The Royal Mint’s Tudor Beasts welcomes the Bull of Clarence to its ranks, the fourth issue to date

Tudor Beast’s returns with the Bull of Clarence. The spiritual successor to the Royal Mint’s ‘Queen’s Beasts’ series, this is the fourth in a ten-coin, five-year series, made up of proof gold and silver coins in various formats, along with a smaller selection of bullion coins in the same two metals. While Queen’s Beats was designed by Jody Clark, Tudor Beats is the work of another Royal mint regular, David Lawrence.

While different to Clark’s work, this series has shown that Lawrence has no issue in matching that high standard, and we’ve been very impressed by the integrity and consistency of Tudor Beasts to date. The Bull of Clarence is another fine example of dynamic design, with the bull depicted dripping with power, and embracing the symbol he represents. Heraldry at its finest, it gets its message across to competing houses.

This is the first in the series to feature the effigy of King Charles III on its obverse, and this will obviously remain the case going forward. There are four gold (from 1/4 oz to 5 oz), and four silver (1 oz to 10 oz) coins in the range. Our press release made no mention of the kilo-class formats this time, but perhaps they will launch later. Our favourite of the range is the two-coin set, consisting of a 1 oz proof, and a 1 oz frosted finish, both silver. Some 500 of these sets will be made available for £195.00 each, which doesn’t seem too excessive.

Another terrific issue, all versions come boxed with a certificate of Authenticity, and a booklet packed with historical information. Prices have risen from the last issue, except for the one-ounce silver proof coin, for some strange reason. For the casual collector, there’s also a base-metal brilliant-uncirculated version in some attractive gatefold packaging, for just £14.50. All are available to buy now. Hopefully, we’ll get bullion images shortly.


The Royal Mint has today announced The Bull of Clarence as the latest beast to be commemorated in its Royal Tudor Beasts Collection. This is the first coin in The Royal Tudor Beasts Collection to feature the official effigy of His Majesty King Charles III.

The Royal Tudor Beasts Collection was unleashed by The Royal Mint in collaboration with Historic Royal Palaces – the charity that cares for six sites including Hampton Court Palace – exploring the powerful Tudor dynasty and the infamous union between Henry VIII and his third wife, Jane Seymour.

Each coin in the collection has been designed by artist David Lawrence, with each design combining a unique balance of naturalistic elements with stylised, heraldic depictions.

The coin features the mighty Bull of Clarence holding a shield emblazoned with the Tudor Rose. The Tudor Rose signifies the marriage between Henry VIII and Elizabeth of York, uniting the House of Lancaster and the House of York.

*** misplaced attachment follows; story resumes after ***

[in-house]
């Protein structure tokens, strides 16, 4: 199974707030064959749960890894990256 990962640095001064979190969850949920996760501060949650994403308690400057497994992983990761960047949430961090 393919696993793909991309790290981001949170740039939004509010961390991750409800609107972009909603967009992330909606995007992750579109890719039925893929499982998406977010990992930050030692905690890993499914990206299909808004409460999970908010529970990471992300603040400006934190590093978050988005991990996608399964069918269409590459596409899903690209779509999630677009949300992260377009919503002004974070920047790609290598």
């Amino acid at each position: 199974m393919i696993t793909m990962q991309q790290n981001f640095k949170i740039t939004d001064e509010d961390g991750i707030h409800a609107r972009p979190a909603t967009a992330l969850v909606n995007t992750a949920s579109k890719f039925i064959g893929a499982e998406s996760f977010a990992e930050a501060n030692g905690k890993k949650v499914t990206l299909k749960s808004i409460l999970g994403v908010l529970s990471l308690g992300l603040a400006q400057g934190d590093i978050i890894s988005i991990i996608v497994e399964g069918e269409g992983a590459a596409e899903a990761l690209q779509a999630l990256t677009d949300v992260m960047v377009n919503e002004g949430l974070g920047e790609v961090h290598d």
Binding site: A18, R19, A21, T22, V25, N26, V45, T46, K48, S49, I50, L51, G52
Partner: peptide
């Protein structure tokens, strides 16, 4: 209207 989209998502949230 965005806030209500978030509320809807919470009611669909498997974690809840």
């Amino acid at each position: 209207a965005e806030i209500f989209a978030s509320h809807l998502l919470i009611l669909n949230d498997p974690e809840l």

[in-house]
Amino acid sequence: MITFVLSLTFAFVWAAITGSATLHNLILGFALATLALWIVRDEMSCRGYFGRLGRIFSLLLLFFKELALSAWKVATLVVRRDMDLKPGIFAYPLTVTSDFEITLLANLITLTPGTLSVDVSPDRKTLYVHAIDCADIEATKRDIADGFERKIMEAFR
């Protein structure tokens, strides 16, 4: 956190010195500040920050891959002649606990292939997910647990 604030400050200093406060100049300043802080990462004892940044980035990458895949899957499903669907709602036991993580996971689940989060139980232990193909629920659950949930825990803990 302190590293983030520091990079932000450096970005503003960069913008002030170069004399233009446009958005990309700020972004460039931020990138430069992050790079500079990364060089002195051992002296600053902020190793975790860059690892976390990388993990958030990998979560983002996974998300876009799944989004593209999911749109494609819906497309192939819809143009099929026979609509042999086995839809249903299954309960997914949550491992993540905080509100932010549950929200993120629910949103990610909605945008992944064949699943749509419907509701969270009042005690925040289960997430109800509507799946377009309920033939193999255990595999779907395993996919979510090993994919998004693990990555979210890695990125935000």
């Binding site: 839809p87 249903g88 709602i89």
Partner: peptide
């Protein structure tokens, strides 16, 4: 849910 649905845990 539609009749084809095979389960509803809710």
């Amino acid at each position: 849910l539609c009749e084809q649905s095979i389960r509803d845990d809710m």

Rebecca Morgan, Director of Collector Services at The Royal Mint, said: “We are delighted to reveal the fourth coin in the ten-coin Royal Tudor Beasts Collection, which we launched in partnership with Historic Royal Palaces. We hope collectors are as excited as we are to commemorate our heritage by celebrating the ten beasts chosen by Henry VIII.

We have created each coin and its accompanying packaging in partnership with the experts at Historic Royal Palaces. The Bull of Clarence is a particularly exciting launch as it is the first coin in the collection to feature the official coinage portrait of His Majesty King Charles III.”

Jenny Smyth, Licensing Manager at Historic Royal Palaces, said: “We are thrilled to launch the next commemorative coin within The Royal Tudor Beasts Collection. The Bull of Clarence is an awe-inspiring beast, with an interesting provenance which, once more, The Royal Mint have brought to life – helping to share the stories of the palaces within our care with new audiences.”

Known for its representation of strength, power and wealth, the bull is one of the oldest animal symbols in the world. The Bull of Clarence was a mighty symbol associated with the House of York and is one of the noble beasts chosen by Henry VIII to flank the Moat Bridge at Hampton Court Palace.


£2 UKP 0.999 SILVER 31.21 g 38.61 mm 5,000 £99.50
£5 UKP 0.999 SILVER 62.42 g 40.00 mm 1,250 £190.00
£10 UKP 0.999 SILVER 156.30 g 65.00 mm 250 £480.00
£10 UKP 0.999 SILVER 312.59 g 65.00 mm 100 £910.00
£25 UKP 0.9999 GOLD 7.80 g 22.0 mm 650 £725.00
£100 UKP 0.9999 GOLD 31.21 g 32.69 mm 300 £2,725.00
£200 UKP 0.9999 GOLD 62.42 g 40.00 mm 60 £5,215.00
£500 UKP 0.9999 GOLD 156.30 g 50.00 mm 20 £12,500.00


£5 UKP 0.999 SILVER 62.42 g 38.61 mm
£10 UKP 0.999 SILVER 311.035 g 85.00 mm
£25 UKP 0.9999 GOLD 7.80 g 22.00 mm
£100 UKP 0.9999 GOLD 32.69 g 31.21 mm